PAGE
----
• Perhaps most surprising of all, those who survived the plague were often wealthier than they’d been before, and had access to more opportunities.

These changes utterly upended structures of social, economic, and religious power that had been in place for centuries, leaving chaos in their wake—and room for new ideas and institutions to arise.

Professor Dorsey Armstrong is Associate Professor of English at Purdue university and an expert on the legend of King Arthur. She received her A.B. in English and Creative Writing from Stanford University and Her Ph.D. in Medieval Literature from Duke University. Professor Armstrong has written extensively on Arthurian literature and Sir Thomas Malory's Morte Darthur and is editor in chief of the celebrated academic journal Arthruiana. In addition to Arthurian literature, her research interests include medieval women writers and late medieval print culture.

24 Lectures - 30 minutes each

1: Europe on the Brink of the Black Death 13: Medieval Theories about the Black Death
2: The Epidemiology of Plague 14: Cultural Reactions from Flagellation to Hedonism
3: Did Plague Really Cause the Black Death? 15: Jewish Persecution during the Black Death
4: The Black Death's Ports of Entry 16: Plague's Effects on the Medieval Church
5: The First Wave Sweeps across Europe 17: Plague Saints and Popular Religion
6: The Black Death in Florence 18: Artistic Responses to the Black Death
7: The Black Death in France 19: Literary Reponses to the Black Death
8: The Black Death in Avignon 20: The Economics of the Black Death
9: The Black Death in England 21: The Black Death's Political Outcomes
10: The Black Death in Walsham 22: Communities That Survived the First Wave
11: The Black Death in Scandinavia 23: Later Plague Outbreaks: 1353-1666
12: The End of the First Wave 24: How the Black Death Transformed the World


1-15-18 Black Death 'spread by humans not rats'
Rats were not to blame for the spread of plague during the Black Death, according to a study. The rodents and their fleas were thought to have spread a series of outbreaks in 14th-19th Century Europe. But a team from the universities of Oslo and Ferrara now says the first, the Black Death, can be "largely ascribed to human fleas and body lice". The study, in the Proceedings of the National Academy of Science, uses records of its pattern and scale. The Black Death claimed an estimated 25 million lives, more than a third of Europe's population, between 1347 and 1351. "We have good mortality data from outbreaks in nine cities in Europe," Prof Nils Stenseth, from the University of Oslo, told BBC News. "So we could construct models of the disease dynamics [there]." He and his colleagues then simulated disease outbreaks in each of these cities, creating three models where the disease was spread by: rats, airborne transmission, fleas and lice that live on humans and their clothes. In seven out of the nine cities studied, the "human parasite model" was a much better match for the pattern of the outbreak. It mirrored how quickly it spread and how many people it affected. "The conclusion was very clear," said Prof Stenseth. "The lice model fits best." "It would be unlikely to spread as fast as it did if it was transmitted by rats. "It would have to go through this extra loop of the rats, rather than being spread from person to person."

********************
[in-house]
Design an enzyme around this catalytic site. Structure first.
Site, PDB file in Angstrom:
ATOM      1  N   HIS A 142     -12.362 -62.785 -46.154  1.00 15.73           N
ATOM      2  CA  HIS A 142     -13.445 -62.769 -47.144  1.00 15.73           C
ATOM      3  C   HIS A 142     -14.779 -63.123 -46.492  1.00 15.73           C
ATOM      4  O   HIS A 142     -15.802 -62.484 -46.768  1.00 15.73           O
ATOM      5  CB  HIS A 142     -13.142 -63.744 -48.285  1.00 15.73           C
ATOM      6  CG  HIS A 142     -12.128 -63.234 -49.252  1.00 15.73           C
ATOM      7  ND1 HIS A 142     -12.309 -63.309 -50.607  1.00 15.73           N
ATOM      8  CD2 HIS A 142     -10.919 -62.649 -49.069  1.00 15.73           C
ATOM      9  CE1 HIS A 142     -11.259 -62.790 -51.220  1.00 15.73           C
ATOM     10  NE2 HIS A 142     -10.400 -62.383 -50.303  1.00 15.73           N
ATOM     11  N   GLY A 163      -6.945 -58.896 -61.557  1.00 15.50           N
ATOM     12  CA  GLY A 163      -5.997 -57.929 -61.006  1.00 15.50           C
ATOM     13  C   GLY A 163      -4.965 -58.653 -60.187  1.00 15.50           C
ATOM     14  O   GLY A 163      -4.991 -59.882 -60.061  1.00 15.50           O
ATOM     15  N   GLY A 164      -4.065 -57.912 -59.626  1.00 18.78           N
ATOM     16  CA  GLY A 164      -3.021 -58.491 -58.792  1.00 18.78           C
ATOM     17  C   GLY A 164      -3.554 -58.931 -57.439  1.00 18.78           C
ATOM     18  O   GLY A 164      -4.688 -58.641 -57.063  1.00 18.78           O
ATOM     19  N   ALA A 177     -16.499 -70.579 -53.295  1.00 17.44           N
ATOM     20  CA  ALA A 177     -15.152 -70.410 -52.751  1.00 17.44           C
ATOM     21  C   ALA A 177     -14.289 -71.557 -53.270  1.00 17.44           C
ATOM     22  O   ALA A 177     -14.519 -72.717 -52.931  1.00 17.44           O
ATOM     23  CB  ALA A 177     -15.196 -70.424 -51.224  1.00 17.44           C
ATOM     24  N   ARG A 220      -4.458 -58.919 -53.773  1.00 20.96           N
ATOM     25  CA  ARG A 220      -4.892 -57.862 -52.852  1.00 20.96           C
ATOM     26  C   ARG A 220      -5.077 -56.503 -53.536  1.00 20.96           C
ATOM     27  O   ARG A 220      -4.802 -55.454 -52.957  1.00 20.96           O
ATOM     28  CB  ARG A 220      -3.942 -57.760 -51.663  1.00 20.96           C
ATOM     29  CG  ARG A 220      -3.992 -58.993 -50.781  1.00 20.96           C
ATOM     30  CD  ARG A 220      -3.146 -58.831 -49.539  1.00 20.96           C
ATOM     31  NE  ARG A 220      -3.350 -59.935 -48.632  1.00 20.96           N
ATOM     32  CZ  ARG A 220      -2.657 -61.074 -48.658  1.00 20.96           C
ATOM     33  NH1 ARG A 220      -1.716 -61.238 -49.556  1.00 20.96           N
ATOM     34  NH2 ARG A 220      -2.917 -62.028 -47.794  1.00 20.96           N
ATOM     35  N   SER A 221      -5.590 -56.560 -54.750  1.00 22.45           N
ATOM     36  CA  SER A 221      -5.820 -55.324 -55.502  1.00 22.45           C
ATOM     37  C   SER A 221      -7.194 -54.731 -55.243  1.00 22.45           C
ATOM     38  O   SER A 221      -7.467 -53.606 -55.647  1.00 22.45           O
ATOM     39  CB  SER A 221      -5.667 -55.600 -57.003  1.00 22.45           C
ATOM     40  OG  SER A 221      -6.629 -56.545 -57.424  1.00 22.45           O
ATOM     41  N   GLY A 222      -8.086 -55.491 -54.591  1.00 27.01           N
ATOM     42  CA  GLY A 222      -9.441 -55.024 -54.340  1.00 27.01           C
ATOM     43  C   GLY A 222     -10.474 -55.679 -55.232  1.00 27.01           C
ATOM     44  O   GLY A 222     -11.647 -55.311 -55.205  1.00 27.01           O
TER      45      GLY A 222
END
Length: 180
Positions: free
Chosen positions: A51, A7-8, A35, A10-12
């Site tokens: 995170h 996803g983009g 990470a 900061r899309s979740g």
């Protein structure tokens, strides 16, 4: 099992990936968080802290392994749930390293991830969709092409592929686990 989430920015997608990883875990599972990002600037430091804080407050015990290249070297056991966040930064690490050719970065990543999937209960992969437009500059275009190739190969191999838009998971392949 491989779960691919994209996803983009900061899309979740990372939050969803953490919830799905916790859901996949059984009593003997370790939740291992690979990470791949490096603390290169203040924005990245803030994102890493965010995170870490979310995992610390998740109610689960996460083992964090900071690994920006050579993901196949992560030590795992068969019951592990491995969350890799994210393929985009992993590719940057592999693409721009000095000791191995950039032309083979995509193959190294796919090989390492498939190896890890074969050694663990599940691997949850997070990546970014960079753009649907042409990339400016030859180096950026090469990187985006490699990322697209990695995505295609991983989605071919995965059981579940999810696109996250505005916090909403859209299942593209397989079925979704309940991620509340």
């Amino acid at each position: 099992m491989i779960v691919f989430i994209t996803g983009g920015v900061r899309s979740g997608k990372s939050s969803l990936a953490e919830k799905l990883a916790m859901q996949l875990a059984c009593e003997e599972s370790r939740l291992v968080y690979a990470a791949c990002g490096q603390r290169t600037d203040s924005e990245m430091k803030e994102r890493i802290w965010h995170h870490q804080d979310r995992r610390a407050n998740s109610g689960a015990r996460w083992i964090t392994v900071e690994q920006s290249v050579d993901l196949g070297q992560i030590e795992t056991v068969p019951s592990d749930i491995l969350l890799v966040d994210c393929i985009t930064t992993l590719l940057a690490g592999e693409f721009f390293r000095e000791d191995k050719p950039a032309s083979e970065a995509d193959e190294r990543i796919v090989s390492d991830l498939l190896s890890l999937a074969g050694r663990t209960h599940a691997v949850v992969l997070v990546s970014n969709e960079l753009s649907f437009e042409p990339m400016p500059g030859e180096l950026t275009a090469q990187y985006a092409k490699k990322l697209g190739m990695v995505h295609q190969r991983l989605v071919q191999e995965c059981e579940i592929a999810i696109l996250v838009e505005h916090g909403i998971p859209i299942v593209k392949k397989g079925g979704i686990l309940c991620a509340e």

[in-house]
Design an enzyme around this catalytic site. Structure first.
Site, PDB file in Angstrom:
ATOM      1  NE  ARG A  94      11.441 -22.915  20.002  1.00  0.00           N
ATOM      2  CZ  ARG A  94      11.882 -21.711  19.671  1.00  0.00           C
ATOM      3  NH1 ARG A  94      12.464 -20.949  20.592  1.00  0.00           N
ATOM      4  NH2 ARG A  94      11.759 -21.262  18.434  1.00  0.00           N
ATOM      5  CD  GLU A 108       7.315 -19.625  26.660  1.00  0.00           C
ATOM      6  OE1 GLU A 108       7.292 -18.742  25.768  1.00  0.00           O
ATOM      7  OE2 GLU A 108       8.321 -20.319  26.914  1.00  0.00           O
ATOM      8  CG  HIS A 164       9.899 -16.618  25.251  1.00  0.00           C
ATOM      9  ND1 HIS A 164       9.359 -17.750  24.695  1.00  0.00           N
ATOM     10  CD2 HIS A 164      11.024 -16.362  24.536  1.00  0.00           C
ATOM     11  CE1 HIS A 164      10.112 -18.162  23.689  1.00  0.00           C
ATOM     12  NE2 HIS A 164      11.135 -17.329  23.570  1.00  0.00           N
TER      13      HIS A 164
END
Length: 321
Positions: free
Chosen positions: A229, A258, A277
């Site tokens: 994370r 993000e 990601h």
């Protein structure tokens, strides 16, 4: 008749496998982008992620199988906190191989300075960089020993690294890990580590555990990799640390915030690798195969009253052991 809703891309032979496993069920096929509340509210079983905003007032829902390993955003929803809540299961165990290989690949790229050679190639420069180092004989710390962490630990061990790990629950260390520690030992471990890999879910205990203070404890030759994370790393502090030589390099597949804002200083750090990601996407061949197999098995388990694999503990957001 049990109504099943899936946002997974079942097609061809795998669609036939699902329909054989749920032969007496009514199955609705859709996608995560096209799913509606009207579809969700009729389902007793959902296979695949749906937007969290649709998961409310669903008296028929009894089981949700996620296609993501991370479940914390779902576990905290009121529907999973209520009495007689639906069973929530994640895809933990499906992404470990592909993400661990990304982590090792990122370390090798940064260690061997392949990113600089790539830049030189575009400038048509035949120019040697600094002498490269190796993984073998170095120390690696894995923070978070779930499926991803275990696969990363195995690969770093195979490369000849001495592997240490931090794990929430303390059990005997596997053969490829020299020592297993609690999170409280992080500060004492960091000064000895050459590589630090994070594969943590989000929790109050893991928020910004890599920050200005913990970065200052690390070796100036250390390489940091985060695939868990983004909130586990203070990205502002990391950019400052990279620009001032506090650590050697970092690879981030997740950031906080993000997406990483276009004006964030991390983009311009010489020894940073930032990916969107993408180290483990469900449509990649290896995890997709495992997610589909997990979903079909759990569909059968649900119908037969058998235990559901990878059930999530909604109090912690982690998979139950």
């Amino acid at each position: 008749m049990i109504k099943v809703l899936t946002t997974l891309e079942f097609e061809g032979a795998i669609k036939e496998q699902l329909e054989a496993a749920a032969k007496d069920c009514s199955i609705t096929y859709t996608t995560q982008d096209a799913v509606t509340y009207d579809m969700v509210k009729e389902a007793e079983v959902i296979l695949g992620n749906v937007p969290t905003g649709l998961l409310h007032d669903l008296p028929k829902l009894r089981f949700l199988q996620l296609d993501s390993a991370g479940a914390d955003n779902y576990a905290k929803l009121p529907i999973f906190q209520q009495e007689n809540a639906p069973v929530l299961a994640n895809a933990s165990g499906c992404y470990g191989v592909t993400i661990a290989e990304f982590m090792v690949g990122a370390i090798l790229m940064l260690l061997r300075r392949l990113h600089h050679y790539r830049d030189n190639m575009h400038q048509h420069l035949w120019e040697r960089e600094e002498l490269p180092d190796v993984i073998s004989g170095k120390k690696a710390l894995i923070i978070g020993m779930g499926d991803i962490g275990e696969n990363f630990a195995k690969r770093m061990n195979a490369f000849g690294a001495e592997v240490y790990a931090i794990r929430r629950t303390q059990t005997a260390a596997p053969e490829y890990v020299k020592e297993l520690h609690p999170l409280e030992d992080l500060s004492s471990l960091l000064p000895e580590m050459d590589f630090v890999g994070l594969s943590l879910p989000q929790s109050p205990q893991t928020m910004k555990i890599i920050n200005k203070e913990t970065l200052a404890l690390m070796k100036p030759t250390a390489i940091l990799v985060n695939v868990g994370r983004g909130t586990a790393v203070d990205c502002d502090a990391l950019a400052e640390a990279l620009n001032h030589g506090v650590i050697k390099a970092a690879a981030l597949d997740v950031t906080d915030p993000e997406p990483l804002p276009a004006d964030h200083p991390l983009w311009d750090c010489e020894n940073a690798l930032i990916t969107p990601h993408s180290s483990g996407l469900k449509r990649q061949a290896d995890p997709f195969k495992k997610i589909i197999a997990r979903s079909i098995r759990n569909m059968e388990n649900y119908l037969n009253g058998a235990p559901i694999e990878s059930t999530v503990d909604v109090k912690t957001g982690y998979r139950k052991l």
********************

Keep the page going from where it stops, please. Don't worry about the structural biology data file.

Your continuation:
The Black Death:
The World's Most Devastating Plague
Lectures by Professor Darcy Armstrong

Sioux Falls Atheists endorse The Black Death course for describing
the impact the Black Death had on the peoples of Europe,
and on the future history of the world.